Aside from the probability of promoting dependency by impacting hormonal balance, this once seemingly harmless “purple pill” along with other PPI’s in the marketplace have been implicated in causing cancer, intestinal infections, bone wasting and fractures, kidney disease, heart attacks and even dementia. (17)(18)

Research in the treatment of GI disorders suggest that CBD is a safe treatment option. CBD targets CB1 receptors in the endocannabinoid system. (19)

These receptors:

Regulate food intake

Eliminate nausea and vomiting

Balance stomach secretions

Offer stomach protection

Regulate GI motility/movement

Reduce stomach and intestinal sensation and pain

Facilitate ion transport and maintaining proper fluid and electrolyte balance

Control the inflammation process that results from certain GI illnesses,

Ensure the proper number of cells of the GI tract

CBD also targets CB2 receptors which are most commonly found in immune system cells. Their primary function is to help the body prevent and/or recover from injury and illness. CB2 receptors regulate motility/movement, control inflammation caused by certain GI illnesses and they aid in reducing internal pain. (19)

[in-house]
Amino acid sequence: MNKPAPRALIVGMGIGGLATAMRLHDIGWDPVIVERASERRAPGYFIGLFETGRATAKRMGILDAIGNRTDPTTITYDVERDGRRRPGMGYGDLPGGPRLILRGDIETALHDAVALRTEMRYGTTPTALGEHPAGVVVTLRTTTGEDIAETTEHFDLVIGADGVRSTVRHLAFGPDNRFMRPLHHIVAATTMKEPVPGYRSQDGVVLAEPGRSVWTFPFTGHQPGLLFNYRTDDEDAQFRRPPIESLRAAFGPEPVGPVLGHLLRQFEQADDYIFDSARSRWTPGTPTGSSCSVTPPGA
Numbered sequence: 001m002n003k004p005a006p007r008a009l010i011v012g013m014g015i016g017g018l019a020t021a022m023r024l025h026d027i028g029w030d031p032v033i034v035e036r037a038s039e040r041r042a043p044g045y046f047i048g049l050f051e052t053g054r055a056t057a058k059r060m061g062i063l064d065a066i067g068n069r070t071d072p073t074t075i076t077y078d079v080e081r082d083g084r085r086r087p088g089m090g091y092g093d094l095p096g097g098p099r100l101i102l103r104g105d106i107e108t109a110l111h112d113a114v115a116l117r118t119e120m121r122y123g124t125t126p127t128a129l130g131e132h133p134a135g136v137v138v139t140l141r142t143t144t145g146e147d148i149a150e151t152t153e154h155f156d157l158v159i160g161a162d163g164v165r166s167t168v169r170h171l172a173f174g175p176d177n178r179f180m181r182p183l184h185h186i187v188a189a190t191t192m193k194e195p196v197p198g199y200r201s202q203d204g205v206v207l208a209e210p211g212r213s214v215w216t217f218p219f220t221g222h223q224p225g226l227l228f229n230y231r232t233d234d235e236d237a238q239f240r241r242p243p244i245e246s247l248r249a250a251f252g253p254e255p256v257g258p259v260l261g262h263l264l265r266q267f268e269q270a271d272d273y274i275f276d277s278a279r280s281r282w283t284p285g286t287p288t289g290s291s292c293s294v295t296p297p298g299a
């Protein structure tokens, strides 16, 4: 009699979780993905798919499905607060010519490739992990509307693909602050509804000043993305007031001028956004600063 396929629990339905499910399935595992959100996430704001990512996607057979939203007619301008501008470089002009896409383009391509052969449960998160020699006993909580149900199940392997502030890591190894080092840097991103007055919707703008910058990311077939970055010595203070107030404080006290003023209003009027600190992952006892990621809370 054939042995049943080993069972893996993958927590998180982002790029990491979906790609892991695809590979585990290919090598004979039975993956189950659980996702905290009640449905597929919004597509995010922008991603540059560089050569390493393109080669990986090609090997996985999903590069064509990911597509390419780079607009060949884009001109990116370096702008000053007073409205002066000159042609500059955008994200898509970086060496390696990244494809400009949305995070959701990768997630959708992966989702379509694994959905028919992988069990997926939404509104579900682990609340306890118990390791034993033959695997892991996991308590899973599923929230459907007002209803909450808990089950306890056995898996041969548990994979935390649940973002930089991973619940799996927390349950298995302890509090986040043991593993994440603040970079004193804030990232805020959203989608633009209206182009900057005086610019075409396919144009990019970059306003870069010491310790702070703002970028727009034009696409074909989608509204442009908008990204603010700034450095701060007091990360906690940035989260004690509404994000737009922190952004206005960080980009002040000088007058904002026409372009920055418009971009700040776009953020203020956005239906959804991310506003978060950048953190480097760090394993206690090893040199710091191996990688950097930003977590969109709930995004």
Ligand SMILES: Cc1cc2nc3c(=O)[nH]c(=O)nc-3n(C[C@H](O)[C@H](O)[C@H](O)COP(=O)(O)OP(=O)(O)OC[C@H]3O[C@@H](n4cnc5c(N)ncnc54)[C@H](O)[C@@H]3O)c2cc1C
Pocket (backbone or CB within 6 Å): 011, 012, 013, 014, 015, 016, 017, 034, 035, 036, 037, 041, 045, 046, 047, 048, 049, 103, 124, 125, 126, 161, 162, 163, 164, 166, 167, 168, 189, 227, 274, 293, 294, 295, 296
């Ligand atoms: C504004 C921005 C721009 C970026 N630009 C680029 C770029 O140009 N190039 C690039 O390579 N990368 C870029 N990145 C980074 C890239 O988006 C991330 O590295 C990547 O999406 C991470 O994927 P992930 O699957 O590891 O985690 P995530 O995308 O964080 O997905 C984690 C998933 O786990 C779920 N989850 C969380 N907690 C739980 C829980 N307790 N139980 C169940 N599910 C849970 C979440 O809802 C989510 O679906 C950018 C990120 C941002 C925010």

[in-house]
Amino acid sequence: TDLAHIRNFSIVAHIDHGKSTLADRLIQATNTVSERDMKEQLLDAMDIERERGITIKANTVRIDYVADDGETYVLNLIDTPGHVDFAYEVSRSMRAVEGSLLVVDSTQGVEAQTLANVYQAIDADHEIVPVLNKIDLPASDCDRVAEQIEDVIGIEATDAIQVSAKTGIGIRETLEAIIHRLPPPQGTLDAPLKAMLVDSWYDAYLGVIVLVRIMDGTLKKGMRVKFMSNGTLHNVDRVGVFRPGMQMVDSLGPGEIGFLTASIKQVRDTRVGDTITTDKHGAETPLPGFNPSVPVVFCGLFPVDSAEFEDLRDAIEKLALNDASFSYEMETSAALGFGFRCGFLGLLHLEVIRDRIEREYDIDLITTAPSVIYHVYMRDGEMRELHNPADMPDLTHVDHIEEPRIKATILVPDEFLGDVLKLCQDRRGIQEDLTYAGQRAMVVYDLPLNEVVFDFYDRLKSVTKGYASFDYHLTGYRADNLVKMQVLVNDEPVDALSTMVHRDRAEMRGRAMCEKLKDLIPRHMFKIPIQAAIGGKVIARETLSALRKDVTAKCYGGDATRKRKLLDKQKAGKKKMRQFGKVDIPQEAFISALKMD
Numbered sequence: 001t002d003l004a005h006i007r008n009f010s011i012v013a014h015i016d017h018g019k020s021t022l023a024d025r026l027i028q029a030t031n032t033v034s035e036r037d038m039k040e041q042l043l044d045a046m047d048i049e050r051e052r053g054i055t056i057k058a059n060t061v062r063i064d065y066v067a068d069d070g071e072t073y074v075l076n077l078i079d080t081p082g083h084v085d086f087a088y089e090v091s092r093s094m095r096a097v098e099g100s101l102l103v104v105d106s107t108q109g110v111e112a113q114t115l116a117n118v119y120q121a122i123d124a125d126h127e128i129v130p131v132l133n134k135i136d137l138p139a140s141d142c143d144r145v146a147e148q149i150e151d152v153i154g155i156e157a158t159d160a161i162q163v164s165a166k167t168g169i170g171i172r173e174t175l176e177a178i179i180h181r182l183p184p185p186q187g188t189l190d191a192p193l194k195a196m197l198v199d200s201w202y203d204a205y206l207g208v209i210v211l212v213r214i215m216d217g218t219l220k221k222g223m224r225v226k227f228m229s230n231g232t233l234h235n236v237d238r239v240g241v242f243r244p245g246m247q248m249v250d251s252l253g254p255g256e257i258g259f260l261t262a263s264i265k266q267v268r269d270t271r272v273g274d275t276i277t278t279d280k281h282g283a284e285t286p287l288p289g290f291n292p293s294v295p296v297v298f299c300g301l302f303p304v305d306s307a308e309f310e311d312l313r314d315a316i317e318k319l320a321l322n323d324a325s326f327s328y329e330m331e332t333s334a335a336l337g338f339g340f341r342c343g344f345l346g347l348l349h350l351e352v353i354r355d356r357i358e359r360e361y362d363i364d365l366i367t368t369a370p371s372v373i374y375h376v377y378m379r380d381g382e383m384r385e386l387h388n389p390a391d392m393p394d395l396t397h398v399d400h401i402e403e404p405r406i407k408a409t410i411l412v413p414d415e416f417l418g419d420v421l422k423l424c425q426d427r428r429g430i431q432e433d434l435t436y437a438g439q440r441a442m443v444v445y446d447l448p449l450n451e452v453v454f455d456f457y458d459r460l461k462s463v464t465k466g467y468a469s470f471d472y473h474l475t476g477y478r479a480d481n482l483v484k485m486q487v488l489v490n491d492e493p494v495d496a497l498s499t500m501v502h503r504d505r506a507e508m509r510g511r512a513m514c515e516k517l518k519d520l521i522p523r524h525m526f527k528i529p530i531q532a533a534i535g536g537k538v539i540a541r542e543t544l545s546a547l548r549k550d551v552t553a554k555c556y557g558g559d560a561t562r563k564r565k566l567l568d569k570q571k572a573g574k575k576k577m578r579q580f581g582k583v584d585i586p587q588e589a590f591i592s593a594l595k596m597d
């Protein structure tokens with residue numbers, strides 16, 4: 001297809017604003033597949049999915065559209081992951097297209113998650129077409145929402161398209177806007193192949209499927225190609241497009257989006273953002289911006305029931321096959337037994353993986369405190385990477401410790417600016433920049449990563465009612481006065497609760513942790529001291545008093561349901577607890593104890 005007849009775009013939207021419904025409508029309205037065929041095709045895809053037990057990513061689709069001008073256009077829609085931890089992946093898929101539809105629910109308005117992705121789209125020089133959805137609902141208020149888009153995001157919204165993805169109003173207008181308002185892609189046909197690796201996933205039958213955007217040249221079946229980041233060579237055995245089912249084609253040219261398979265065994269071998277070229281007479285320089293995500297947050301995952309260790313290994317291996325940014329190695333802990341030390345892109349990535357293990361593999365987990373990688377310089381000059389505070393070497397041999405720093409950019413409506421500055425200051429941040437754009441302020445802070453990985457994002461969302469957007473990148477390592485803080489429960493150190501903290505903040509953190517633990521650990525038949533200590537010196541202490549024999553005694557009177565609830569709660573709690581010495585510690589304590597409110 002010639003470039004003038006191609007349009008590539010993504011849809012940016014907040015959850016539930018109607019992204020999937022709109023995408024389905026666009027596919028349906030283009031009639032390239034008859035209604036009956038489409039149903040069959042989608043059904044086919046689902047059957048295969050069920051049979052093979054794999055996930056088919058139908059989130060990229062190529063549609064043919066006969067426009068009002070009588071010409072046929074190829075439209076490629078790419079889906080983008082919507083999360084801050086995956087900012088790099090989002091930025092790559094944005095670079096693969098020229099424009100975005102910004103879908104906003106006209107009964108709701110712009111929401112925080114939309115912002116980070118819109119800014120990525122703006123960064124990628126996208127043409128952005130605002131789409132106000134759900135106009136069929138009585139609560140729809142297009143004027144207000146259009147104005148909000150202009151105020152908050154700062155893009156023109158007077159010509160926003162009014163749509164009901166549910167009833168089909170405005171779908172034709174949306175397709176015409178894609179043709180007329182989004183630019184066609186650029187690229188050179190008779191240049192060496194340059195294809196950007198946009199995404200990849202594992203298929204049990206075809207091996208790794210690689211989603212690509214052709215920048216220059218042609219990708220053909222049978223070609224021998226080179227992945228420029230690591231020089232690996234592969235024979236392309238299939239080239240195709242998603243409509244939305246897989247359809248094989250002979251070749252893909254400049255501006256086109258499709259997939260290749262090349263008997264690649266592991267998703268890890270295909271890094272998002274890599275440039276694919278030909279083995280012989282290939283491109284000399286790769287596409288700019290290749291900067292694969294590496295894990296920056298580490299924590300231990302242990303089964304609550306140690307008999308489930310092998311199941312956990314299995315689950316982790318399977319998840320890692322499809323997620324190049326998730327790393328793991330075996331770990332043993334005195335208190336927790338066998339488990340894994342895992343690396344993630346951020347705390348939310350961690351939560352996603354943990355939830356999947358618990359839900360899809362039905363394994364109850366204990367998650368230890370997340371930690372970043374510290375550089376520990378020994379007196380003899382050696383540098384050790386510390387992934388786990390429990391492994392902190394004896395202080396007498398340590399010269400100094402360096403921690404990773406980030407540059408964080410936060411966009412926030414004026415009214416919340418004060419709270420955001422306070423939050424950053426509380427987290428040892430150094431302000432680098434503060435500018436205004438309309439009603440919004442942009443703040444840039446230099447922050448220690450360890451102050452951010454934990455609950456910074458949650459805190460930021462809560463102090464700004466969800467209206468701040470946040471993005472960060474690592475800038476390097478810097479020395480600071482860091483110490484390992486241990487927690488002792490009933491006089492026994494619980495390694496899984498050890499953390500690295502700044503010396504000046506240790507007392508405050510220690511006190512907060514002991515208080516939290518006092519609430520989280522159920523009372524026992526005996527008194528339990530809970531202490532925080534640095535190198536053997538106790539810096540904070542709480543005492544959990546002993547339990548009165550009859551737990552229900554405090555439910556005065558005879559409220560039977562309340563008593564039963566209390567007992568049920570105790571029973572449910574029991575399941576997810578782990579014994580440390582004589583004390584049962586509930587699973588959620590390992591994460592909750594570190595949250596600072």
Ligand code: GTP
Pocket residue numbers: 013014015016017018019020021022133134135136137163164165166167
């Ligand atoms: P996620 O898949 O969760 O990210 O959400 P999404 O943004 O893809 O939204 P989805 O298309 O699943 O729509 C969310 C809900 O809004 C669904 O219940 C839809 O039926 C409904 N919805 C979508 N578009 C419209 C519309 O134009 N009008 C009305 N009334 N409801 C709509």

Studies have concluded that CBD, and a full spectrum of cannabinoids and terpenes, can diminish gastrointestinal distress and aid in the treatment of a wide array of GI related diseases and disorders including but not limited to: Irritable Bowel Syndrome (IBS), Crohn’s Disease, Gas, Diarrhea, Diverticulosis, Diverticulitis, Acid Reflux including GERD and GER, Ulcers and Celiac Disease. (21)

It has also been shown that CBD can positively impact receptors outside the ECS that affect many diseases such as Crohn’s Disease and that select terpenes can stimulate the vagus nerve which boosts the body’s general immune response. (20)